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Loops?

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Hi, I''m wondering if anyone has a solution for the following problem: Under Windows operating system we all (?) use tight loops to increase the number of frames per seconds. This will make sure that we have all the available CPU power we can get. If I for some reason want a frame rate about 50, I''ll have to halt my process for some time by waiting in a while-loop. How can I release the CPU under this time and allow it to run other processes or threads? I''ve tried to use some sort of thread-waiting-sleep-event solution but because of Windows it will only get me low fps (32 or so but no pressure on the CPU).

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This is problematic, and not sure there is any good solution. But, I think there is a function that just gives up your time-slice (no sleeping/waiting) and acts like your thread's time was up. I think it should only be around a few ms before you get the CPU again. You could make a clever (wait) loop, that will remember how long it took for you to get back control, and only give back the CPU if it's more than that time left to wait. You could also mess with raising the priority of the process.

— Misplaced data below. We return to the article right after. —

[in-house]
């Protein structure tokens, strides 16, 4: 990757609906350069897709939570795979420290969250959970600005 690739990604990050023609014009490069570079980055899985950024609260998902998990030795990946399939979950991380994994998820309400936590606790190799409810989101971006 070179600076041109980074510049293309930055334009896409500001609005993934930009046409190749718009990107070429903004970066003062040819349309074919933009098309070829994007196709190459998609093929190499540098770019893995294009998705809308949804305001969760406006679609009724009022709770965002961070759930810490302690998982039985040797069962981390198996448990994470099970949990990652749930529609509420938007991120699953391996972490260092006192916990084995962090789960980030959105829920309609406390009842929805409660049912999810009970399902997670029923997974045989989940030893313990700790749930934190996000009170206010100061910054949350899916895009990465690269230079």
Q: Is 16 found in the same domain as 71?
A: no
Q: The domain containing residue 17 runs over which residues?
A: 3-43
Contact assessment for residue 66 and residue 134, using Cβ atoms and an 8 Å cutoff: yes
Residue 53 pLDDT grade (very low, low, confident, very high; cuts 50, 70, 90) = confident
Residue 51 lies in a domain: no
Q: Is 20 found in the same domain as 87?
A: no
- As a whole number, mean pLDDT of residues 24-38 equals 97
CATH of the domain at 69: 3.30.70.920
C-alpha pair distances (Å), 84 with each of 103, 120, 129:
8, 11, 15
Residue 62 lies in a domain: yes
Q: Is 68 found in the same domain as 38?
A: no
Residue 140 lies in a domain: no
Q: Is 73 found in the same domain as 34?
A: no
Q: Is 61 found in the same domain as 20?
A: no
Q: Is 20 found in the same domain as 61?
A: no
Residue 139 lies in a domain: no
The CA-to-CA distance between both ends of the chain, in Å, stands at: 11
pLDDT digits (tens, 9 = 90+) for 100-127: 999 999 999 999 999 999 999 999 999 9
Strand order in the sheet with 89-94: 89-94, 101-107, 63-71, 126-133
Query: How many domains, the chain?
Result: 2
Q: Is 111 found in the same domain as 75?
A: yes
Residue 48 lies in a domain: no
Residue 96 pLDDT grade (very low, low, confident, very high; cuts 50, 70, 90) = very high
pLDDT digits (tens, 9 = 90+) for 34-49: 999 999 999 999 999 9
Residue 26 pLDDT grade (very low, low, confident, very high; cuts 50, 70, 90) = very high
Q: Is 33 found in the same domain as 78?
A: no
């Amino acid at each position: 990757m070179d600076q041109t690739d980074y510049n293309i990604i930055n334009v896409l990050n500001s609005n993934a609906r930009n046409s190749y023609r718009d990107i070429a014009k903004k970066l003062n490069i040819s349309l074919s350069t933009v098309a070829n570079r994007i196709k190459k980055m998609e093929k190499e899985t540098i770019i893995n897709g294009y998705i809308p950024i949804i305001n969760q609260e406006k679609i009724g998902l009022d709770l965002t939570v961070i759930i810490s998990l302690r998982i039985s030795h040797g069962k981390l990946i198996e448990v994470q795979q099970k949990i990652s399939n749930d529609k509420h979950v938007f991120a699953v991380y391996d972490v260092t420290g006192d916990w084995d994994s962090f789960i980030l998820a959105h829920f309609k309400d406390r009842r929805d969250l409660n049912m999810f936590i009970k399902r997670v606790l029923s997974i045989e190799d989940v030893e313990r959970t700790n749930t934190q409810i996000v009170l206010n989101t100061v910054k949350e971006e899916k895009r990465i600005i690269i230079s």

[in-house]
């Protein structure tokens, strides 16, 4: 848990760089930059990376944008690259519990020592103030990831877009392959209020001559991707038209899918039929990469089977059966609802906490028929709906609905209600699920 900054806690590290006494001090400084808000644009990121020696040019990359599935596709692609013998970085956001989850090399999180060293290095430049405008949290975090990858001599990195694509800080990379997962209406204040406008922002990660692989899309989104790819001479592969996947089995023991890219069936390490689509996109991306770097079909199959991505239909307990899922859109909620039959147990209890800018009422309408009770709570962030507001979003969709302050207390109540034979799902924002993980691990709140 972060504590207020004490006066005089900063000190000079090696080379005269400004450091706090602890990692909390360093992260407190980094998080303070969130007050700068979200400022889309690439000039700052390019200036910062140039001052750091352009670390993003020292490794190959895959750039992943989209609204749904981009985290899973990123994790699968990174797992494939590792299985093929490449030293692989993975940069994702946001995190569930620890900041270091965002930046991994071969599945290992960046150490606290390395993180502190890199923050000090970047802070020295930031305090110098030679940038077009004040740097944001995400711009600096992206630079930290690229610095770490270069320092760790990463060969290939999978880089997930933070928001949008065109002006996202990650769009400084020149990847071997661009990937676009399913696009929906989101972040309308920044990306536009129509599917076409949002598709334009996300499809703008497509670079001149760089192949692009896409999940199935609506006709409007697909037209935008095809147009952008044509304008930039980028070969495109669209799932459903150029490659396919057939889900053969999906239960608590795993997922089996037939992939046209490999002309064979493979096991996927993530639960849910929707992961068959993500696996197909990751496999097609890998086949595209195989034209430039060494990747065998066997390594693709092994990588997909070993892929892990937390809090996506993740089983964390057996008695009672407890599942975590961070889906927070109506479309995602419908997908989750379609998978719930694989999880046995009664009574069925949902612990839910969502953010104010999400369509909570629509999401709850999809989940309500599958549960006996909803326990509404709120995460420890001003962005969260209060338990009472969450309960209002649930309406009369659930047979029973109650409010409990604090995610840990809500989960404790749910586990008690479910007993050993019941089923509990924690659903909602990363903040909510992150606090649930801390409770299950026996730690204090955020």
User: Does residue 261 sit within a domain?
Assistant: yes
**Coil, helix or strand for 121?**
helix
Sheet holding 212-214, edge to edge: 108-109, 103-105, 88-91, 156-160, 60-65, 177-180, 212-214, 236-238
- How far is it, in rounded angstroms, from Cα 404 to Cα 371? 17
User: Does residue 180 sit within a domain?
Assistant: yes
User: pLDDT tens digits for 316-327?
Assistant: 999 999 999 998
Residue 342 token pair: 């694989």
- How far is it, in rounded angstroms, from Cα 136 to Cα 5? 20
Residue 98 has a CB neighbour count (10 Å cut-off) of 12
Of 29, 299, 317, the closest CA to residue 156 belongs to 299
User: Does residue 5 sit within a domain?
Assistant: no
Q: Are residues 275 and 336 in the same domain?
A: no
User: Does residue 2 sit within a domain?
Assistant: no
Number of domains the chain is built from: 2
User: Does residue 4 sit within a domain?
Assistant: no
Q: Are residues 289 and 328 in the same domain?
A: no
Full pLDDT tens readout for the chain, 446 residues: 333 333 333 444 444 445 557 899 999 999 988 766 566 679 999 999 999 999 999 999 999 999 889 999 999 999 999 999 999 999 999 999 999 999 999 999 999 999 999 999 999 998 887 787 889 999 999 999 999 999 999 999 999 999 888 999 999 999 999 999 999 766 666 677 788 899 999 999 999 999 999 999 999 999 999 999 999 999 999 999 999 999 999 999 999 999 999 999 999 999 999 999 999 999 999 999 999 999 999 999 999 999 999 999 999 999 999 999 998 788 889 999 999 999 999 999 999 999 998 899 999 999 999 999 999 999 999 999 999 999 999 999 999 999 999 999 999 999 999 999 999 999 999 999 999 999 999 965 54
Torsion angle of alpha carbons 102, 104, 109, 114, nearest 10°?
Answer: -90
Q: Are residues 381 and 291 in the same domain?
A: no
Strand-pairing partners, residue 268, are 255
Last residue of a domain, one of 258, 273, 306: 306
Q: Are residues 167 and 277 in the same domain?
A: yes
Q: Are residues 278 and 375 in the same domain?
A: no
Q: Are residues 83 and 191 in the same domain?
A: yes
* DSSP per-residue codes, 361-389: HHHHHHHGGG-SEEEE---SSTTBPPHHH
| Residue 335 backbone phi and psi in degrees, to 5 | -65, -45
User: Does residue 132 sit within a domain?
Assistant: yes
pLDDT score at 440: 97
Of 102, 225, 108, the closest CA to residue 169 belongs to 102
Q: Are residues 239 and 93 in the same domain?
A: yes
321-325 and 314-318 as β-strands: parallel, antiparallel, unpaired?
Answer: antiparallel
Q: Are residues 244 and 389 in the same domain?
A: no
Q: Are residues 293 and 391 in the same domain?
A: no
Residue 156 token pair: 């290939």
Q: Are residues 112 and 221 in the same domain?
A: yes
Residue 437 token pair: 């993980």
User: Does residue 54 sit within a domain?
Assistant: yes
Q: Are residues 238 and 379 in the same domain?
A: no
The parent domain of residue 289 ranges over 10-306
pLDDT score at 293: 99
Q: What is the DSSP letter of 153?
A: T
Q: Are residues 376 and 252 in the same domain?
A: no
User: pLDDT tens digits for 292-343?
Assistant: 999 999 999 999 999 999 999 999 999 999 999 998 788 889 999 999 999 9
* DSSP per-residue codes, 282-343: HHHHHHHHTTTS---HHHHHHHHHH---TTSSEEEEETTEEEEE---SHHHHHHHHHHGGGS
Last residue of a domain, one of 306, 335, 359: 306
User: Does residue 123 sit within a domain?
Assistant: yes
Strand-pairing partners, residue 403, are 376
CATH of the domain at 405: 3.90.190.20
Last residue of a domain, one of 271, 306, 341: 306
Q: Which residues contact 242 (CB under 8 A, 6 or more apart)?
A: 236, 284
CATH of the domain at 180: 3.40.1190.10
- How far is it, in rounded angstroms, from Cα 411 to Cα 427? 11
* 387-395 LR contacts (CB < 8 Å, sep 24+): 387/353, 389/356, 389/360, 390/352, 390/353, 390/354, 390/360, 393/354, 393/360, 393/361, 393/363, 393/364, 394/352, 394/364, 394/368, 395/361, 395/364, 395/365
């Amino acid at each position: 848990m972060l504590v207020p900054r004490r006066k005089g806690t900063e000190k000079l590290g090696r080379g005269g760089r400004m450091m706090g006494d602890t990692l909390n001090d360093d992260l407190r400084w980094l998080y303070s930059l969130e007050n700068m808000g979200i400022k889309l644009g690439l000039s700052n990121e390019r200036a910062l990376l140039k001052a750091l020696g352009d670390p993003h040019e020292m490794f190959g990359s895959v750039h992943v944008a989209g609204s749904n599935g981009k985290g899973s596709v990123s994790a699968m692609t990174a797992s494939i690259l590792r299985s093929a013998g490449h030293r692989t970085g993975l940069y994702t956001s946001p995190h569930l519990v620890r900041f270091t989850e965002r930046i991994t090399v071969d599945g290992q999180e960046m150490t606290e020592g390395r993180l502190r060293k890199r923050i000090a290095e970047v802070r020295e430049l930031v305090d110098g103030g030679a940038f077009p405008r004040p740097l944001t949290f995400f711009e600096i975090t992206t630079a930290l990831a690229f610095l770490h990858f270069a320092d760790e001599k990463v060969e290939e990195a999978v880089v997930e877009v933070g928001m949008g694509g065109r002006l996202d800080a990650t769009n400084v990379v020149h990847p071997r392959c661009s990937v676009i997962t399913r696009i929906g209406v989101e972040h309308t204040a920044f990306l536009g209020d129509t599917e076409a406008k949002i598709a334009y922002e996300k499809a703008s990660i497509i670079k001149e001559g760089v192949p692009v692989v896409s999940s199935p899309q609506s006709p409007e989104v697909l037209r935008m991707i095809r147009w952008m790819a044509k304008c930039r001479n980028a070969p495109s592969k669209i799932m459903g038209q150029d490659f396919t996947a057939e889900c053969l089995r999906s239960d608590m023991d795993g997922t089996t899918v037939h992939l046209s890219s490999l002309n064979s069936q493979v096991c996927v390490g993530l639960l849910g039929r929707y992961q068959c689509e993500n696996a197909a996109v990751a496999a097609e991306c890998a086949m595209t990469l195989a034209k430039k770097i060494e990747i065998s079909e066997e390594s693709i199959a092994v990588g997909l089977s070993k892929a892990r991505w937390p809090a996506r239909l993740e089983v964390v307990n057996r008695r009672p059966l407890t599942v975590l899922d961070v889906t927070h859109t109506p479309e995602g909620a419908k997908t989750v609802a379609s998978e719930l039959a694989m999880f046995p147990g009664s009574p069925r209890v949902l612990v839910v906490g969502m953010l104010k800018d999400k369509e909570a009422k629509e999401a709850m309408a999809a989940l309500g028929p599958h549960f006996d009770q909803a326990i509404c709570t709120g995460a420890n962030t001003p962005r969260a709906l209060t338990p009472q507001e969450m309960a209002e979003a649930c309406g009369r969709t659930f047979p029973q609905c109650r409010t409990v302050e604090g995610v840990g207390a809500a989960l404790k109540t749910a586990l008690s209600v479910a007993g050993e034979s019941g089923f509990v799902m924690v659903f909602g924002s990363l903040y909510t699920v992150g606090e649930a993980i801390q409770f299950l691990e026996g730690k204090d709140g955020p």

EDIT: I just threw together something to show what sort of loop I meant. What the realm name of "GiveBackControlToWindows()" is, I don't remember.

dwNextFrameTick = dwLastFrameTick + dwFrameTickCount;
dwTicksToGetBack = 0;
while((dwCurrentTick = GetTickCount()) < dwNextFrameTick) {
if(dwTicksToGetBack < (dwNextFrameTick - dwCurrentTick))
GiveBackControlToWindows();
dwTicksToGetBack = GetTickCount() - dwCurrentTick;
}


[edited by - CWizard on October 19, 2002 7:29:50 AM]

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The standard Win32 API timer functions only fires a message once every 18th of a second.

You probably need to play with the kernel-level timer. Check out:

http://www.bitbanksoftware.com/Programmers/code4.html

HTH

--
Sean Timarco Baggaley




[edited by - stimarco on October 19, 2002 7:45:33 AM]

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CWizard, the name of the function you did not remember is Sleep The call
Sleep(0)
"causes the thread to relinquish the remainder of its time slice to any other thread of equal priority that is ready to run." (MSDN Library)

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quote:
Original post by EliasAE
CWizard, the name of the function you did not remember is Sleep The call
Sleep(0)
"causes the thread to relinquish the remainder of its time slice to any other thread of equal priority that is ready to run." (MSDN Library)
Hmm, probably it was that, although I thought I remember it having a more cryptic name. But, it''s probably Sleep(0), which should allow you to do what you want, if you do it clever.

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